A seagull decides to perform what appears to be a regular show. Crew members give you crackers to hold up; the seagull swoops down to take it; crew member snaps a picture for sale later. My husband took our picture -- so no charge! And it was better!

After 20mins, we arrive at Isla Victoria. An English-speaking guide, Martin, comes to get us Americans. He guides us (walking) all over the island. we learn about gigantic pines introduced as an experiment 80 years ago (to get faster-growing trees that produce more wood that the local trees) that are now so tall, they have created a toxic atmostphere for indigenous plants. They're now being chopped down by park rangers (a few live on the island) - selling the wood. The thick forest is really beautiful, tho.

About 19 other species of tree were introduced, too - eucalyptus, maple, etc - AND the secquoia! We're thrilled. These are neat. And they've grown rapidly - with no toxic byproduct. They get to stay!

Martin releases us - giving us about 1 1/2 hours before the boat departs. We enjoy some trail walking, sit along the water on a pier (great pics), enjoy some prehistoric pictographs on the side of a cliff. Truly relaxing.

Back on the boat, another glass of wine for the trip to Bosques Arrayanes (yes - the same one as earlier -just the other end of the forest).

Hundreds of Arrayanes trees are piled at this end of the peninsula. WOW. A wooden deck has been crafted into a short circuit - great for picture-taking. You can actually leave the boat here (buying a one-way ticket, if you want to) - but you'd have to catch a bus in Villa La Angostura back to Bariloche. We do something similar later.

Back on the boat -- the waitress brings hot chocolate (it's getting chilly outside). It's a 35-40 minute relaxign boat ride back. Great trip.

We have SPECIAL plans for tonight, a special dinner at a home/B&B arranged by Jamie. At km 23.5 (locals go by the mile markets which are hard to spot, at first), we spot a tiny sign: Los Timo. That's it! The house is stunning - a 3-story stucco perched on the side of a cliff; security gate; lovely grounds w/ a greenhouse. Wow.

Down the road - we're a bit confused - but Los Timo ends up being "Monet 81". Julio & Inez Timo answer the door --- our gracious hosts. The very charming, dapper, gregarious Julio speaks pretty good English -- he escorts us to a couch area near the tables in their fantastic house. We are instantly right at home. They do this dinner every Friday & Saturday night, pretty much.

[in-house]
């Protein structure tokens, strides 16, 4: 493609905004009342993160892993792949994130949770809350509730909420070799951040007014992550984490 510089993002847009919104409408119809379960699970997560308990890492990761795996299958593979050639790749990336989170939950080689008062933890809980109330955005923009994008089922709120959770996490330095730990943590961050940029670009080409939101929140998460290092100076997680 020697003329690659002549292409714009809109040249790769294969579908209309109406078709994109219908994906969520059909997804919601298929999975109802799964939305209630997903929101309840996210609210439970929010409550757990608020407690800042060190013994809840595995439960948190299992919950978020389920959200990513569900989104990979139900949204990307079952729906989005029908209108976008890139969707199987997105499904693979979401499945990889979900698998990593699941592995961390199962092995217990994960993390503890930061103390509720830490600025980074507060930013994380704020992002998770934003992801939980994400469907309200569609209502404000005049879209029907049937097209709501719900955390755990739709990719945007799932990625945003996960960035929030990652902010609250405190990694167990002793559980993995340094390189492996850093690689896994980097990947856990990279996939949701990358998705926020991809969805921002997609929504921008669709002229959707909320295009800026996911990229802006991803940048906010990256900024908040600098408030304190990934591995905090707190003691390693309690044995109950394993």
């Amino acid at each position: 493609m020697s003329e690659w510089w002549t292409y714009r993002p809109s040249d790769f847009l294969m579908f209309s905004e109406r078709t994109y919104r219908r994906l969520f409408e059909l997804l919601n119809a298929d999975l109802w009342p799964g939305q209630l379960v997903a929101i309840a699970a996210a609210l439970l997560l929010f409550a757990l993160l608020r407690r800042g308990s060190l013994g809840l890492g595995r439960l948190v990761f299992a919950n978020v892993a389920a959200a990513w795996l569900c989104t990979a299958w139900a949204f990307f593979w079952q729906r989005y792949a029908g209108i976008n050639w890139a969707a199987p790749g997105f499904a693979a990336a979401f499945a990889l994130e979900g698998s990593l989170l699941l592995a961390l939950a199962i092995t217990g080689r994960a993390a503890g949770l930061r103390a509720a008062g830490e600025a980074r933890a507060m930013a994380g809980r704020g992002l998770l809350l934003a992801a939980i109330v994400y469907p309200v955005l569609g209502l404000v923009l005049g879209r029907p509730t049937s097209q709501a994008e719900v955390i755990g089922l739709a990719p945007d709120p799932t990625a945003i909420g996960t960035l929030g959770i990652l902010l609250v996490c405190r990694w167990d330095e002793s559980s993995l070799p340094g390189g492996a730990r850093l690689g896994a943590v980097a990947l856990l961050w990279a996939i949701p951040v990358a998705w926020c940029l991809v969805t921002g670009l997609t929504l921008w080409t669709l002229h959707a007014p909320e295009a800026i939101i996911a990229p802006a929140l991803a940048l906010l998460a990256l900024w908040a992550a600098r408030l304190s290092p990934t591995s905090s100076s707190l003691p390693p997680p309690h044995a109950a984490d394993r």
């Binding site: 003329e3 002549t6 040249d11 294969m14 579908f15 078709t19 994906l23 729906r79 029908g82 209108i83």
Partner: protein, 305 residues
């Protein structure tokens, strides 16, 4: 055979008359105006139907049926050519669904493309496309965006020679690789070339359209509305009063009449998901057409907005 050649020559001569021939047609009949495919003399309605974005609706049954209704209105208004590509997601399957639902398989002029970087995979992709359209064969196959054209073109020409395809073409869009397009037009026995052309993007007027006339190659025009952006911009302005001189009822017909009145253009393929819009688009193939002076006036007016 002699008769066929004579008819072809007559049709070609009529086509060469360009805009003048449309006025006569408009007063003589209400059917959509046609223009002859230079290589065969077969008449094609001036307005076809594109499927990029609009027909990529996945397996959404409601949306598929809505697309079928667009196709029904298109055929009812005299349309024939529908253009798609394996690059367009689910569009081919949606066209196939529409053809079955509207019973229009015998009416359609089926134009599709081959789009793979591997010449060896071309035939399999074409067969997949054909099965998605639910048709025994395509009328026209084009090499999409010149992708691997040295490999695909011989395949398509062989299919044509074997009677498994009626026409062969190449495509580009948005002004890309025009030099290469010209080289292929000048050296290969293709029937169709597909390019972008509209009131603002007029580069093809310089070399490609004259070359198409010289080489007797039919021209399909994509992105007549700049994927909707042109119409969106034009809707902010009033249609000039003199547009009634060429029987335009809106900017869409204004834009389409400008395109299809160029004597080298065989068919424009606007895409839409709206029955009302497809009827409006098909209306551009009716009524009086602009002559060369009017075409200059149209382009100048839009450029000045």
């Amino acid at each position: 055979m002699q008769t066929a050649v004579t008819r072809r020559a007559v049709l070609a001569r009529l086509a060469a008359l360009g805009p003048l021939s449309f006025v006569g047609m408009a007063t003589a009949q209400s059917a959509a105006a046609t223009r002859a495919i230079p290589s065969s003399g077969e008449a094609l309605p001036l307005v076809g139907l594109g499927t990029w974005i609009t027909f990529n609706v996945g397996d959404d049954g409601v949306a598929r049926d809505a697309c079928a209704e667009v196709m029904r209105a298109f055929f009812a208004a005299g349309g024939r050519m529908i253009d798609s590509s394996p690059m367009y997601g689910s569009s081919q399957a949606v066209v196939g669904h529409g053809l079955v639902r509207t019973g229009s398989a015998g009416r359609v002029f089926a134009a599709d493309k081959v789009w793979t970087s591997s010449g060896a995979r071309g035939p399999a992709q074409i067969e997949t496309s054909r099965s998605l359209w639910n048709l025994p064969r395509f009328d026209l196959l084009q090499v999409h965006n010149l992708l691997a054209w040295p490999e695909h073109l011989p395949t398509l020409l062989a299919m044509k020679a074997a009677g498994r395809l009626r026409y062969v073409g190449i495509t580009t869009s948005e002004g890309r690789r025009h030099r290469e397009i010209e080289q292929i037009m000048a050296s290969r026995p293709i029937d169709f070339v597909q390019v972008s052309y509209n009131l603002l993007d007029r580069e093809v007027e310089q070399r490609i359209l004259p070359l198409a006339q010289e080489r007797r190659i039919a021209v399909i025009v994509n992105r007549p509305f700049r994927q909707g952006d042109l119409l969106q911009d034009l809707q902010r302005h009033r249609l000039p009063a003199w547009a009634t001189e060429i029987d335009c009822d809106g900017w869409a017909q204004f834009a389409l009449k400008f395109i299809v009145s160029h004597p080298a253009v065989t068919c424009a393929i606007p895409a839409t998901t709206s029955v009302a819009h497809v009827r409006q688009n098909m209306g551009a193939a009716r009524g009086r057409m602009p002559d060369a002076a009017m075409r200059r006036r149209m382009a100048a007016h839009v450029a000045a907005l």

It's Inez's night to play chef - they take turns -- so Juglio works his magic, handing us a bellini to enjoy while we talk to 2 German women staying at the B&B and dining w/ us that evening.

Once we're seated, Julio gives us a choice of wines (extra price). The food starts coming: a plate of cold salads (pickled cauliflower, eggplant, marinated cebolla onions); quail eggs in an herb cream; fresh tibolli; a fresh green salad right out of the greenhouse; bife de lomo w/ spicey apple chutney and veggies; and postres (dessert) is mascerated watermellon w/ fresh chilled cream. They mascerate it with Malbec/Cab, adding sugar & cardammom seeds. HEAVENLY!

A shot of Strega (zowee!) -- and we're done. Julio was just awesome. A fabulous, memorable night spiced w/ fantastic conversation.

DAY 6 --

Travel day!

Shopping in Villa la Angostura -- pottery, sweaters, jewelry, homewares, outdoor gear, ELVES!! (there's clearly an obsession w/ elves in Patagonia -- and they are so cool!). THE best chocolate shop (we tried plenty in Bariloche), a specialty of the region (who knew?!) ---- Benroth. Wow. The bonbons stuffed w/ Dulce de Leche are to DIE for.

We hit RN 231 (route) in town -- turning right toward Rio Correntoso bound for the famous Seven Lakes Road. This is a Patagonian MUST!

First - we stop at Rio Correntoso for a picnic -- the shortest river in the world! Known for wonderful fly-fishing --- so we enjoy the majesty of the running water & fly-fisherman, surrounded by scotch broom, as we knosh.